dmsc: as you would only read from it, it is ok.
Thom Cherryhomes: ok cool
Thom Cherryhomes: gonna try again to do nopen in the order I want it.
dmsc: For a first version would be ok, but a next version could include proper asm code to handle it better. Currently FastBasic has a routine get_str_eol that copies a string to LBUFF and adds a $9B to the end.
Thom Cherryhomes: gotcha.
@tch’s initial list of commands to implement:
Thom Cherryhomes: ok, will implement the rest of the commands, what I basically think should happen:
* sio for everything else
@tch hit this one hard and by Nov 6th there was a PR for @dmsc to incorporate his work into FBASIC. He later posted a complete sample Mastodon client in FBASIC using FujiNet.
Thom Cherryhomes: finishes up a mastodon example client in fastbasic
SSH Protocol Adapter
Out of nowhere Mark J Fisher (@fenrock) comes and ports over libssh to use on the ESP32. Now you can ssh on your Atari to most any modern system using SSH. He appeared on the discord and patiently went thru the dev onboarding experience with Platform IO and worked out getting a dev system on his end. And we found out soon enough what he was doing with it as on November 3rd he announced:
fenrock: I’ve ported libssh to fujinet, just looking to test it.
By porting I mean I’ve hacked the living fuck out of libssh from https://github.com/tnn2/esp-idf-libssh and amend SSH.cpp/h to use it.
How do I load netcat into my spartados session? I’ve got the amended SDX that has the N/R utils loaded, but it doesn’t have “nc”, so is there an atr I can mount that includes it?
And just like that FujiNet has another protocol adapter! And this is a big one. SSH from your Atari to any modern system that supports ssh.
TNFS (trivial networking file system) has been the backbone of the FujiNet project allowing remote systems to easily host the files that the FujiNet needs to mount disk images for all the platforms. The TNFS service was originally written as part of the Spectranet project, to bring networking to the Spectrum computers. Apparently the author (Dylan Smith) has caught wind of this project and it’s growing popularity as he send this message to @tch:
Given that tnfsd is being used in much more than the Spectranet these days, I’m planning some time soon to move it to its own github repository. I also recently got an Atari 800 XL and a FujiNet, really nice device.
Atari CONFIG now back common CONFIG repo
As FujiNet was first an Atari only project, the FN Atari CONFIG (the program that auto loads when turning on the Atari and lets you configure the FN device) was the first and only CONFIG created. CONFIG is used in lieu of a screen on the FN device itself. This saves money and complexity and lets you use the Atari screen you already have.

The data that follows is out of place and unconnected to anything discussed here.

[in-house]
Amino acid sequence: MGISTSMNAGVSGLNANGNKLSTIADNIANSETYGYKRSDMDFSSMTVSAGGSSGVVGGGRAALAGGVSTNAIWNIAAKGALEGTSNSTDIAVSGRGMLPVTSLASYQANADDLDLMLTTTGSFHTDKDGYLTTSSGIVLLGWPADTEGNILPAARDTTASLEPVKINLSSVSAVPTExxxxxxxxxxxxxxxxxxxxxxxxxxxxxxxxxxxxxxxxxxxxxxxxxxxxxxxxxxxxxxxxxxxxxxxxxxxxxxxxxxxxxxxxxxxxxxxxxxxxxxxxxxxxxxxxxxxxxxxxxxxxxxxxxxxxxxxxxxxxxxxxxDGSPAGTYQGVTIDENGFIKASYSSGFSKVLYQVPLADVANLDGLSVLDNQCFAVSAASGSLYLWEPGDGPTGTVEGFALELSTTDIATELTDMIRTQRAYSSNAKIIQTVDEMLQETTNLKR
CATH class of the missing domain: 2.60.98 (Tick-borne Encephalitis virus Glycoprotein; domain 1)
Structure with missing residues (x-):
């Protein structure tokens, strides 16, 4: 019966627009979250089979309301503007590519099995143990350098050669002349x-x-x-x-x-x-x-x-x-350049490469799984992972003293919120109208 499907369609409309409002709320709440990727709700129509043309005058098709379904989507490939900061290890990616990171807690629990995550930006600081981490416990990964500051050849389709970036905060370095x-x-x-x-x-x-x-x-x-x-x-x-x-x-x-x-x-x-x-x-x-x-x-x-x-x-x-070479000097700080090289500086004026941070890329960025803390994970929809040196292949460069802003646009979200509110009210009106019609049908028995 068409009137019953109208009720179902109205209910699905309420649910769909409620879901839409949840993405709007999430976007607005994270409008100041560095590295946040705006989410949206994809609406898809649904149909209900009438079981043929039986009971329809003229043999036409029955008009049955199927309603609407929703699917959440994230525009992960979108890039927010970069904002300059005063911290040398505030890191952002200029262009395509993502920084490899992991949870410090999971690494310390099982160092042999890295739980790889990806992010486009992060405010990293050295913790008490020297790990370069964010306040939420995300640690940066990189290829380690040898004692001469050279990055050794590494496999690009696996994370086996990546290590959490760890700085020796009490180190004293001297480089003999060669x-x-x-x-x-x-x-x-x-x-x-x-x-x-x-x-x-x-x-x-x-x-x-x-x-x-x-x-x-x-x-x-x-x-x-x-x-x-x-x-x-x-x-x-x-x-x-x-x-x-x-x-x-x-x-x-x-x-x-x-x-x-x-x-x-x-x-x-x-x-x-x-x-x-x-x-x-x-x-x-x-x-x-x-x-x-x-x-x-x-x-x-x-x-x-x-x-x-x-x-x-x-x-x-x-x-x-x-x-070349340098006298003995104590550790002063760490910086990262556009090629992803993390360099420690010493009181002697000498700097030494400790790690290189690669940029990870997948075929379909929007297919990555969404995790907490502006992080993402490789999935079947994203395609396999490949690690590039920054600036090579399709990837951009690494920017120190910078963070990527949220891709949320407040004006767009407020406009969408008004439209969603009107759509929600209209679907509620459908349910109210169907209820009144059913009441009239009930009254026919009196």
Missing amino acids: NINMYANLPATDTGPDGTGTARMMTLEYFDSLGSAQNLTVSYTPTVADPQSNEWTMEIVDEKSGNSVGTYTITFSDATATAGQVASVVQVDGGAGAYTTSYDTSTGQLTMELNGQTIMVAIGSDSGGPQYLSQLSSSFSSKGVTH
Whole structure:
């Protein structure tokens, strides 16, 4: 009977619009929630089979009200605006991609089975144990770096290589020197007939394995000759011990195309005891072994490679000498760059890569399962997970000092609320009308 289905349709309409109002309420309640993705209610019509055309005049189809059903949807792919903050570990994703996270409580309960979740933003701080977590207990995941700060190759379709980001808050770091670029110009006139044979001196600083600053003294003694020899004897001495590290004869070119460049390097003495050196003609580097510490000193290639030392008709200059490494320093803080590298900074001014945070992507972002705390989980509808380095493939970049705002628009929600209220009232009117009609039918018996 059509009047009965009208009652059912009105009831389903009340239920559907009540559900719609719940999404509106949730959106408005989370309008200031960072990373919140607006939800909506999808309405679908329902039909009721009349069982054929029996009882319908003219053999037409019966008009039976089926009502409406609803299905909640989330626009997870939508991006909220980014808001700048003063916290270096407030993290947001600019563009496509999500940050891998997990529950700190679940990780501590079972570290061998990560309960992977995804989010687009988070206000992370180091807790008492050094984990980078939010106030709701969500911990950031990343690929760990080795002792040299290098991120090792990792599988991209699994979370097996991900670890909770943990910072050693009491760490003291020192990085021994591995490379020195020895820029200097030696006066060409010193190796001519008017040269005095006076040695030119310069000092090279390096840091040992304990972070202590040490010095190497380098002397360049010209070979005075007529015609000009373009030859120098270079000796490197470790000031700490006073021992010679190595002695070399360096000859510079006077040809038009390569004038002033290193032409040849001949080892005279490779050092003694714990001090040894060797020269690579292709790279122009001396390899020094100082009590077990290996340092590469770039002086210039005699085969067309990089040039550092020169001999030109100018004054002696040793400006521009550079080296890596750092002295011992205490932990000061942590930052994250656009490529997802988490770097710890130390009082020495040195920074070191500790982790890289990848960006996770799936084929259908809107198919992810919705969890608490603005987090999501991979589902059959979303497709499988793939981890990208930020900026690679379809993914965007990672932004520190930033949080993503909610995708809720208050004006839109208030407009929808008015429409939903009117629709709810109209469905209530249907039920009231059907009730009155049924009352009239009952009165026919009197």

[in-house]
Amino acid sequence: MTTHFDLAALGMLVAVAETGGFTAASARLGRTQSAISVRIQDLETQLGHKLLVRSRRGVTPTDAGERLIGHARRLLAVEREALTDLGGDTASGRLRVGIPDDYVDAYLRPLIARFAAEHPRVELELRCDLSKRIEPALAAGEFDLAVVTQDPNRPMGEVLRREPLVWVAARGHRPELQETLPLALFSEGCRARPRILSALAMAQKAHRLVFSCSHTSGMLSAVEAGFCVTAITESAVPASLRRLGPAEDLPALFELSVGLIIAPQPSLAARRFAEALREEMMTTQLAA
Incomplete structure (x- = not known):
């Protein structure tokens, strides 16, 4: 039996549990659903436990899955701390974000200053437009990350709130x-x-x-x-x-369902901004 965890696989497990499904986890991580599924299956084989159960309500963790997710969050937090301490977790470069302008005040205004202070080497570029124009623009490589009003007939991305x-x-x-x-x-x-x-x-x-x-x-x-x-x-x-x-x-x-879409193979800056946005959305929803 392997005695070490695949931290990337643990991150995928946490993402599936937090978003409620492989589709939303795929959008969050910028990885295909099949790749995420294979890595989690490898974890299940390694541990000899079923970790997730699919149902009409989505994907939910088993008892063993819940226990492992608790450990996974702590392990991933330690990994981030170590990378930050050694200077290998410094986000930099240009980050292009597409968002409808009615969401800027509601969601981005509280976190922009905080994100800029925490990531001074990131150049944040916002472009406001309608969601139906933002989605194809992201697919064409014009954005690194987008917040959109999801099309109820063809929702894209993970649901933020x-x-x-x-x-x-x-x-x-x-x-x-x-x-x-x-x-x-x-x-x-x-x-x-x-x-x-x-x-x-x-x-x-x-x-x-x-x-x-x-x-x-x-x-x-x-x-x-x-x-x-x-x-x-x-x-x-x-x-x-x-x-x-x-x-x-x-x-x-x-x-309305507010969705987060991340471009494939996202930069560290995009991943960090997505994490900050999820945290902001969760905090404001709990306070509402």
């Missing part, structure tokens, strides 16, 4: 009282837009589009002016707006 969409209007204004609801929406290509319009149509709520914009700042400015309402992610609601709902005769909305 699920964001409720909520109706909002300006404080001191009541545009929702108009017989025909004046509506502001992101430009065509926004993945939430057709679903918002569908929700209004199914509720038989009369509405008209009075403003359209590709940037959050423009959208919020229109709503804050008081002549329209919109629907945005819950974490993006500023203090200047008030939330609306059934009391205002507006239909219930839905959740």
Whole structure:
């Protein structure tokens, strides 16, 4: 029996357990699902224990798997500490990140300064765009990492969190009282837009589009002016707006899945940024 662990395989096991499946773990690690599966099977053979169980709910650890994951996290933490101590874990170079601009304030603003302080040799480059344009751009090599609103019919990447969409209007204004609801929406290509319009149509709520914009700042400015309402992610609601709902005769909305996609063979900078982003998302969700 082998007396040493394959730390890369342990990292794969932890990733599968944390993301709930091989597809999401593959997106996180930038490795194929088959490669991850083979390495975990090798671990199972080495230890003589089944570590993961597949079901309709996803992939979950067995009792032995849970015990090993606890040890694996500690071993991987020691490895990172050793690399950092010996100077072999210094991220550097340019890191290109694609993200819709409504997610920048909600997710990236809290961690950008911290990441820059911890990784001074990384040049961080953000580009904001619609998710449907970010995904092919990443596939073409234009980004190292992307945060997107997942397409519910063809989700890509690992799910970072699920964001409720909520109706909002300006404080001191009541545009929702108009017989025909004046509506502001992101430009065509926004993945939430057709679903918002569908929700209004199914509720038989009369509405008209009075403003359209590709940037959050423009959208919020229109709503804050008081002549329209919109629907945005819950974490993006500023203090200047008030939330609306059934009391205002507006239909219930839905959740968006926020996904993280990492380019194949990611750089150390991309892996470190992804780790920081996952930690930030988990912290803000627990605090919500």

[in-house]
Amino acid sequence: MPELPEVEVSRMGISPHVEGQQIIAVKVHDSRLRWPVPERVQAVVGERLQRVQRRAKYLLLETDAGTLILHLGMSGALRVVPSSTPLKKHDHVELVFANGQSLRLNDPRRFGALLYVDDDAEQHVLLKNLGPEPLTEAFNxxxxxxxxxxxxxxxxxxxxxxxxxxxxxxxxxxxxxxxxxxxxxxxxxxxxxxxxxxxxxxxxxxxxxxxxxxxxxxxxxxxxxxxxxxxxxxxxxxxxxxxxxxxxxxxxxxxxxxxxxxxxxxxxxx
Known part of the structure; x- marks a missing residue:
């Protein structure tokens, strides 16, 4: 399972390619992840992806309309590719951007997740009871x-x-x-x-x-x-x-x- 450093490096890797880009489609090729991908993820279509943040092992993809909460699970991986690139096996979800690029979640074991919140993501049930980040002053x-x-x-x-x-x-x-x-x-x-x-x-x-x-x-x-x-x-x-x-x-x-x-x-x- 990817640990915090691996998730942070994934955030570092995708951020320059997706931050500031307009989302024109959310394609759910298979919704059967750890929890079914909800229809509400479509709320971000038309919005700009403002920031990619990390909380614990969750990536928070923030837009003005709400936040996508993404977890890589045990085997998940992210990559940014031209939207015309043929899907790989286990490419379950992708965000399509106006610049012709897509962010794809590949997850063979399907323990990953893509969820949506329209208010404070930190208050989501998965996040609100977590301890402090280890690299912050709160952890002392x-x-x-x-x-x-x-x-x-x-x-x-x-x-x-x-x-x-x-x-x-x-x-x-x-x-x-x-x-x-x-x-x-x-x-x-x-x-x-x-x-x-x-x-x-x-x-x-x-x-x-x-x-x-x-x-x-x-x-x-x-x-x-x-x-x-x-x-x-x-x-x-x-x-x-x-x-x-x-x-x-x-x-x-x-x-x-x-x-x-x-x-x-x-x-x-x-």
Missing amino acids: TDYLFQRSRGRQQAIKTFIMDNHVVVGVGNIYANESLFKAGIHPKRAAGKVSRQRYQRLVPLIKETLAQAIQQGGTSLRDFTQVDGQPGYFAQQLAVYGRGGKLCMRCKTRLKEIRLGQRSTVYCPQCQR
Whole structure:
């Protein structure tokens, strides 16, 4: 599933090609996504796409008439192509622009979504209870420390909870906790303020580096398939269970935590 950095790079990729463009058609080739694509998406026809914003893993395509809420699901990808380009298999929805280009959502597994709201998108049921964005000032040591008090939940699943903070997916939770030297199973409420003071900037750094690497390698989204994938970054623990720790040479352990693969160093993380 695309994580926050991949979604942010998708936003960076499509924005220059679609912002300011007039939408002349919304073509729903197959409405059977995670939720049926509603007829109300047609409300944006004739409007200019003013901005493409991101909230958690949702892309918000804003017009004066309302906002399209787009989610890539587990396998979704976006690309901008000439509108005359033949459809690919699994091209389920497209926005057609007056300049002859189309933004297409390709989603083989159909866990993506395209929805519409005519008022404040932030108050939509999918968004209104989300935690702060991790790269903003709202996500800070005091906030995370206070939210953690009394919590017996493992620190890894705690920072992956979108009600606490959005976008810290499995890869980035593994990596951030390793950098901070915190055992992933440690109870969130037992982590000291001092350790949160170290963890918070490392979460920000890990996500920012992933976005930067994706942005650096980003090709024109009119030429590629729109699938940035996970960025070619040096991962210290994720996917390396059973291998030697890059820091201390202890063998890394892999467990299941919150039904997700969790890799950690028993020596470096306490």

After the ADAM port, CONFIG was abstracted out into its own Repo. The Apple CONFIG was derived here. So the “common” CONFIG and Atari config started to diverge in the feature set.
A project was lead by @Schadret (github: frachel) to bring the Atari CONFIG back in with the newer CONFIGS for the other platforms so there was a common base functionality with features that all the platforms could benefit from. That is complete, and the current Firmware release for Atari is the first to have the Atari CONFIG built from the common repo.
@mozzwald posted a new Firmware update that included the new ssh protocol adapter and the new CONFIG for Atari.
There was a bug in this for Atari that didn’t allow passwords for wifi longer than 31 chars, and the new High Scores weren’t saving properly. This was fixed and a new firmware release was quickly pushed out.
Andy Diller (me) began a conversation/help request with the author of NOS @Michael Sternberg as I started to actually boot up NOS and try to use it effectively. It’s a fascinating project with some really cool features already. I have created its own post for NOS to please see that for more details.
One thing that came up is the issue of capitalization, the Atari and NOS. Caps matter at this point and often on the underlying file-systems (in my case, my TNFS server running on Linux was hosting my NOS “file hierarchy” and it has lower cases for directories. So for NOS you must respect the capitalization as you traverse directories, but all the commands themselves are capitalized. It is possible to create a filesystem on Linux that ignores case, which should then treat something like BIN same as bin. More testing is needed to see how that would work.
Big news- @mozzwald has the first FujiNet hardware for the C64 built and working!
mozzwald: plugs into userport. powered by userport 9VAC or USB-C 5V. DAC output to 3.5mm jack. buffered IEC pins. userport parallel through i2c gpio expander. ws2812 LED strip on the front
mozzwald: can be built for vertical (shown) or horizontal
See his video at the top in the video sections.
He has even designed a new PSU adapter for the C64: